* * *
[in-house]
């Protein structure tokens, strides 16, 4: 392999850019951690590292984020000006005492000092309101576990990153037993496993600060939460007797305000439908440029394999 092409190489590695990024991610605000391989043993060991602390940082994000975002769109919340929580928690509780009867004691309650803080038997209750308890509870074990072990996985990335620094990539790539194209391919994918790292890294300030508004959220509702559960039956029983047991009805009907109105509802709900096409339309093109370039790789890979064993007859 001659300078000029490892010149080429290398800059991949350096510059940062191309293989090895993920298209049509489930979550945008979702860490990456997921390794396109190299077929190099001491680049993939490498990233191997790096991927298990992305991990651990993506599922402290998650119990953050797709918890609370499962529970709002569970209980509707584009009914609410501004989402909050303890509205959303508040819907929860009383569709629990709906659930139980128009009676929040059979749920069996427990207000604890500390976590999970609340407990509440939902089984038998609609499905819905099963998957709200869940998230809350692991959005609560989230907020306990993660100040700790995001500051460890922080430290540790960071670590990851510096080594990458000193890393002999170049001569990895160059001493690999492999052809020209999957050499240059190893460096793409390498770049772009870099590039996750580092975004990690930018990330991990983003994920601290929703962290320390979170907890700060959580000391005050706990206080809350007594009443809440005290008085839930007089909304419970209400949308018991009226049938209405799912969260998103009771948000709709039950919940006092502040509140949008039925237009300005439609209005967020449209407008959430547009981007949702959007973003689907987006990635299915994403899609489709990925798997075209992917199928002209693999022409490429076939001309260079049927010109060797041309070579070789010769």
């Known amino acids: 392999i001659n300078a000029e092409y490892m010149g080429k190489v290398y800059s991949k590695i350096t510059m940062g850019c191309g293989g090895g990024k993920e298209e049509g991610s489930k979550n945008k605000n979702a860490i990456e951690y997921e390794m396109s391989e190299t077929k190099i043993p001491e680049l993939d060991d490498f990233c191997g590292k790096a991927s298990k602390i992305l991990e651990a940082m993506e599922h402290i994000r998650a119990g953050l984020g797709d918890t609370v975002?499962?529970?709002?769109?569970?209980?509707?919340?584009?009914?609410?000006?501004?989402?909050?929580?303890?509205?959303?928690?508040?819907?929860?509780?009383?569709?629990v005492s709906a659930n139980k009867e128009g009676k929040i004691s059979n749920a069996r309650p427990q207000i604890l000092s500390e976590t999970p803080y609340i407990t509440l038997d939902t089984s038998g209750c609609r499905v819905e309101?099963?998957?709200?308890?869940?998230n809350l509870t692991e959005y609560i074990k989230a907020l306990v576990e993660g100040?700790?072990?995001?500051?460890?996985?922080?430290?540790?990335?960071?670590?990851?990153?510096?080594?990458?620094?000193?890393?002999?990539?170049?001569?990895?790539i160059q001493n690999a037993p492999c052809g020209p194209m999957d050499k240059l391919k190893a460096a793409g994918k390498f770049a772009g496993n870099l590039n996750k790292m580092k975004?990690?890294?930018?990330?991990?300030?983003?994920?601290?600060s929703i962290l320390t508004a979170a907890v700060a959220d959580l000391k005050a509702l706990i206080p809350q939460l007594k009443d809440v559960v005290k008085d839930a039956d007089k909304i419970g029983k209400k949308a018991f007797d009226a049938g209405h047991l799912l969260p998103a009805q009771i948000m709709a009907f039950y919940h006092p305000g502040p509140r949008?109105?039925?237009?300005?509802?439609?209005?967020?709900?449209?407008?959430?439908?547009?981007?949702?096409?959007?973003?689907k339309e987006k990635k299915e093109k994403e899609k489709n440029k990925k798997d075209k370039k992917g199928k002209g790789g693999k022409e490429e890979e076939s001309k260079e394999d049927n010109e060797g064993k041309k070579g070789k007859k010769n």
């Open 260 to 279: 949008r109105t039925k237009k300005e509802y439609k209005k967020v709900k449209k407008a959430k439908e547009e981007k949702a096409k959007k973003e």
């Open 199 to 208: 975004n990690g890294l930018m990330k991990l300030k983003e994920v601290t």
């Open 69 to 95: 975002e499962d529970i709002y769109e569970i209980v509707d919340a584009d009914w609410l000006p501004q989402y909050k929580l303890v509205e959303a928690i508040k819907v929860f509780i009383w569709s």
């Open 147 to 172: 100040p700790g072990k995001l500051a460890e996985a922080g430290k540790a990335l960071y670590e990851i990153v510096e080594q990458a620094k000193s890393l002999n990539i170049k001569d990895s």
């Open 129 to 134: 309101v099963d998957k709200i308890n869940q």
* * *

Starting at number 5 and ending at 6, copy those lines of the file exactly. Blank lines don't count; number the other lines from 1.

């Open 199 to 208: 975004n990690g890294l930018m990330k991990l300030k983003e994920v601290t």
């Open 69 to 95: 975002e499962d529970i709002y769109e569970i209980v509707d919340a584009d009914w609410l000006p501004q989402y909050k929580l303890v509205e959303a928690i508040k819907v929860f509780i009383w569709s």